Now that lives, and not just livelihoods, are at stake an even more vigorous programme of action from the G20 is needed.

 The US and China need to stop sniping at one another and start cooperating. The US and China coming together to work on this global threat would give hope to the world.

 Japan set a good example that the US might now follow, when the crisis first  broke out in Wuhan. It donated protective equipment to Wuhan and Japanese MPs donated 5% of their personal salaries to the virus containment efforts in China. This was a remarkable gesture in light of the previous public hostility between these countries, going back to World War Two.

The Covid 19 crisis has revealed how much we all depend on the chronically underfunded World Health Organisation(WHO). The WHO will be part of  this teleconference convened by the Saudi Chairman of the meeting, King Salman.

 In recent budgetary proposals, the US White actually proposed halving the US contribution the WHO. Instead ALL G20 members should agree to double their contributions to the WHO.

Trade barriers, many of them recently erected, are also hindering efforts to save lives.

The international Chamber of Commerce in Paris has said

“the recent escalation of trade barriers is now wreaking havoc in key medical supply chains”.

 For example, restrictions on exports of life saving equipment, including masks, test kits , disinfectants and ventilators, have been introduced by some countries. The global trade in test kits is worth $186 billion and that in disinfectants is worth $308 billion. 

 The Global Trade Alert Team in Switzerland say that damaging export bans have been introduced by a list of countries including  Bulgaria, France, India, the UK, Korea, and even by Saudi Arabia itself!

 In the case of ventilators, export restrictions would be particularly damaging. There is no firm on the entire continent of Africa, and only one in Latin America, that is capable of manufacturing ventilators. And even the countries, that do have manufacturing capacity, will have to import some of the components.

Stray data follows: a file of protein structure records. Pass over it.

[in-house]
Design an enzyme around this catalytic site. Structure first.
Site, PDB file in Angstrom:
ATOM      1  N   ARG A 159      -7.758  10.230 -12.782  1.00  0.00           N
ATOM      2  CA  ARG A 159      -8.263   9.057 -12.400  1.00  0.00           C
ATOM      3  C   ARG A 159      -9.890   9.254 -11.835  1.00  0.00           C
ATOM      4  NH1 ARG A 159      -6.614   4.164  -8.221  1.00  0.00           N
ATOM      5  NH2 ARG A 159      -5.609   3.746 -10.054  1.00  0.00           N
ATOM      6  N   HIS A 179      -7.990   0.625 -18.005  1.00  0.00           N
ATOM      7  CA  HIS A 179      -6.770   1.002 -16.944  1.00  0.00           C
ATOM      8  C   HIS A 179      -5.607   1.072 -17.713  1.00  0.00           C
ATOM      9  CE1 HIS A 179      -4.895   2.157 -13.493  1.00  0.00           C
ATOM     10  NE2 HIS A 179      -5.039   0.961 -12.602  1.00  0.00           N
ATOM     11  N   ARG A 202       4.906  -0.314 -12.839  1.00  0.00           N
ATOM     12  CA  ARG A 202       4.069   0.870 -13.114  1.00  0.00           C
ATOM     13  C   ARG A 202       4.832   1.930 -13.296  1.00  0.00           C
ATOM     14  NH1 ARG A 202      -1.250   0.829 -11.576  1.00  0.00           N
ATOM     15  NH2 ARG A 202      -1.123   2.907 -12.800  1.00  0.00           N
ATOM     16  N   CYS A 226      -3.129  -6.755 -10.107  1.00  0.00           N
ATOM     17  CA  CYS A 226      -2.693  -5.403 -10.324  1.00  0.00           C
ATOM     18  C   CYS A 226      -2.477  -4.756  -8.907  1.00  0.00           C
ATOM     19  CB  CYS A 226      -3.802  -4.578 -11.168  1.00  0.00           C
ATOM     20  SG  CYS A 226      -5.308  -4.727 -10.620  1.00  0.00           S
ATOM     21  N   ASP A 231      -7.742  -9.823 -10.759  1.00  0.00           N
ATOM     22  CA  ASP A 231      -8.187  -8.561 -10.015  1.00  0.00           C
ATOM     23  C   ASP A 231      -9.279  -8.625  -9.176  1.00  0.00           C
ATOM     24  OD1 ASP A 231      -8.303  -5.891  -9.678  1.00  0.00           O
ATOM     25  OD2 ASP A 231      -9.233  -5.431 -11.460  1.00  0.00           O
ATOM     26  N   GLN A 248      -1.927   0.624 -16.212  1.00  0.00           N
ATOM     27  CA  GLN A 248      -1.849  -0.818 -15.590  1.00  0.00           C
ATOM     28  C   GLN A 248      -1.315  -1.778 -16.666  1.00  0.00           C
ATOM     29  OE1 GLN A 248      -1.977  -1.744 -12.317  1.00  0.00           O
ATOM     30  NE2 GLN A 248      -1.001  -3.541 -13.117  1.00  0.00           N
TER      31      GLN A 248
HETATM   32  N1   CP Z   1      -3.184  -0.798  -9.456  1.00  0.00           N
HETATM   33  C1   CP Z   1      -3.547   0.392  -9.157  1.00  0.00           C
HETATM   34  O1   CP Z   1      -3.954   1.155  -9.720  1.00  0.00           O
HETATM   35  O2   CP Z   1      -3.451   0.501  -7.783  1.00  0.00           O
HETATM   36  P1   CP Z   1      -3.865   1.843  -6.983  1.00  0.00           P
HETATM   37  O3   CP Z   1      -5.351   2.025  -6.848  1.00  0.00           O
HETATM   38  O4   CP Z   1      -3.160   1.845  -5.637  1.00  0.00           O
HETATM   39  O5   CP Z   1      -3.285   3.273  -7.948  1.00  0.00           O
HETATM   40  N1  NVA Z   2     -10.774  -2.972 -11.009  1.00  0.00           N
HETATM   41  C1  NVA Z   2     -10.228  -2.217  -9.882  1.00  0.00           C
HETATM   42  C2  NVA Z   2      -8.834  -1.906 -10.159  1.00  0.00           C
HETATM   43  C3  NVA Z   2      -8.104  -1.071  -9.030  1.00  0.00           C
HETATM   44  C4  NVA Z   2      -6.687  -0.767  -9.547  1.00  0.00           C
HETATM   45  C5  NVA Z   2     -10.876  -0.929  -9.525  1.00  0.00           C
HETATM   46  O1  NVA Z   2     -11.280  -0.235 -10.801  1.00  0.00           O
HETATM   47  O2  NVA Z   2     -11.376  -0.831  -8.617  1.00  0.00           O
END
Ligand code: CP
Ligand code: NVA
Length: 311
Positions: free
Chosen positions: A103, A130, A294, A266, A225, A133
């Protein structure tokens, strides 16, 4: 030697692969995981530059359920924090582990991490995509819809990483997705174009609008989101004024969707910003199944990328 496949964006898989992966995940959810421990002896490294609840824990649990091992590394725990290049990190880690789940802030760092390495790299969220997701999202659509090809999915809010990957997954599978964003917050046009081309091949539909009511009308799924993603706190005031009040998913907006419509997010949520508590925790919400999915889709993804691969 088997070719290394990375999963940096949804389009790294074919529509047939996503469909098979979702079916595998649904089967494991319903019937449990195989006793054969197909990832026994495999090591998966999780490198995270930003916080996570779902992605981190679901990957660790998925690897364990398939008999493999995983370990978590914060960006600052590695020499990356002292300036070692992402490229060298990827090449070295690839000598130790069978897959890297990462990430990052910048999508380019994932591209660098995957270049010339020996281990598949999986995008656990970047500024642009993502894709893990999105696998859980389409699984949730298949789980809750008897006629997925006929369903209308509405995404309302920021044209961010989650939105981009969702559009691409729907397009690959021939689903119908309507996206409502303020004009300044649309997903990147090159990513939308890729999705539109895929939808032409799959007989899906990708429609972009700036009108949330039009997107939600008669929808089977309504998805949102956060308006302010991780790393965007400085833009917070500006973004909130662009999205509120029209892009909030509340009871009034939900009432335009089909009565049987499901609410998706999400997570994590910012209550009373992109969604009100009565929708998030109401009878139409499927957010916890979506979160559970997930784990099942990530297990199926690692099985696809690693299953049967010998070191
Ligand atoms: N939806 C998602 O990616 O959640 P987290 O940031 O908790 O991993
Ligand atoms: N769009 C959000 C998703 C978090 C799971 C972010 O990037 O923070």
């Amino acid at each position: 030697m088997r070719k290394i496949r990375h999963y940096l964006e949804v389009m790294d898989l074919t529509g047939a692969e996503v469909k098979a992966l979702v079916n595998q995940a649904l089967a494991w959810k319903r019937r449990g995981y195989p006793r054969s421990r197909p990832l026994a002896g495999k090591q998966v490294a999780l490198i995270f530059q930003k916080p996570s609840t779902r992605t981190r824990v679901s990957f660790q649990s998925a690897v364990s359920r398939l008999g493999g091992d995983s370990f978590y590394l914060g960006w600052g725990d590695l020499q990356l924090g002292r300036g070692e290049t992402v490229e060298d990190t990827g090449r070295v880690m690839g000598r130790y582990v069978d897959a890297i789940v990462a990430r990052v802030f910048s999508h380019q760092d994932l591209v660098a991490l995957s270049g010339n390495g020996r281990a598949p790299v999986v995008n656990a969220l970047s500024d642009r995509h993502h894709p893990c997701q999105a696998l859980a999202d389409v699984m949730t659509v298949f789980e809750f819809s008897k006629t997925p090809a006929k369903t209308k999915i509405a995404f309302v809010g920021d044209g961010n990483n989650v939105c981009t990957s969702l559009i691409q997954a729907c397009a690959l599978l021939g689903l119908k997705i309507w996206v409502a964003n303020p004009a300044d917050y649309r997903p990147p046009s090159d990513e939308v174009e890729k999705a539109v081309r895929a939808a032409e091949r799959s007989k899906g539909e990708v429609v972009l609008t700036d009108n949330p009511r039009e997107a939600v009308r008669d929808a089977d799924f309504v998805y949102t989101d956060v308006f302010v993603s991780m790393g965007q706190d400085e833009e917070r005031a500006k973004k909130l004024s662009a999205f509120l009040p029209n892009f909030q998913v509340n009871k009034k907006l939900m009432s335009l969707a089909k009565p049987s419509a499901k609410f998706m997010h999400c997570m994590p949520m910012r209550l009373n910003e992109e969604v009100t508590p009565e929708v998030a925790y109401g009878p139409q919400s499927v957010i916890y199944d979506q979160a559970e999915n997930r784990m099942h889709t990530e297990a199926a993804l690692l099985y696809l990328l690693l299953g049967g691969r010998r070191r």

Even soap and disinfectant have to be imported by most countries. 78 countries impose tariffs on soap and 23 impose tariffs on disinfectants.  This is crazy in present circumstances.

The G20 should decide that all barriers to trade in goods, including soap, that the World Customs Organization(WCO) has said are critical to fighting the virus, should be removed straight away.

 The EU should abolish its  own export authorisation system for ventilators because it will slow down production and cost lives, especially in the poorest countries of the world.

The G20 also needs to consider the longer term economic effect of the shut down in global economic activity.

 Big countries with big tax bases can protect themselves and their firms. Germany has introduced a big package of aid for German firms.  But an Italian firm, producing the same product as a German firm, may not get the same aid as its German competitor, and this could destroy the level playing field of the EU Single Market.

 No country derives as much benefit proportionately as Ireland does, from the existence of fully fair and open EU Single Market. So Ireland should support EU coordination of all business supports to ensure that all firms, whether from big or small countries, can compete fairly.  

The ECB has taken welcome steps to help Italy, and other heavily indebted countries, that have been hit by the virus, to borrow at reasonable interest rates. But that simply adds to their debts.

 Collective EU action, financed by collective EU borrowing, in support of particular health related spending should be undertaken. At the moment, the EU can neither raise taxes nor borrow, and that means it is unable to cope with crises like this one.

I propose

  • the immediate elimination of all tariffs and restriction on the export or import of goods identified by the WCO as vital to fighting Covid 19
  • a mutual assistance programme to help countries with the greatest shortage of equipment and  intensive care beds
  • the exemption of medical staff, who have been tested, from immigration restrictions to allow them go where they are most needed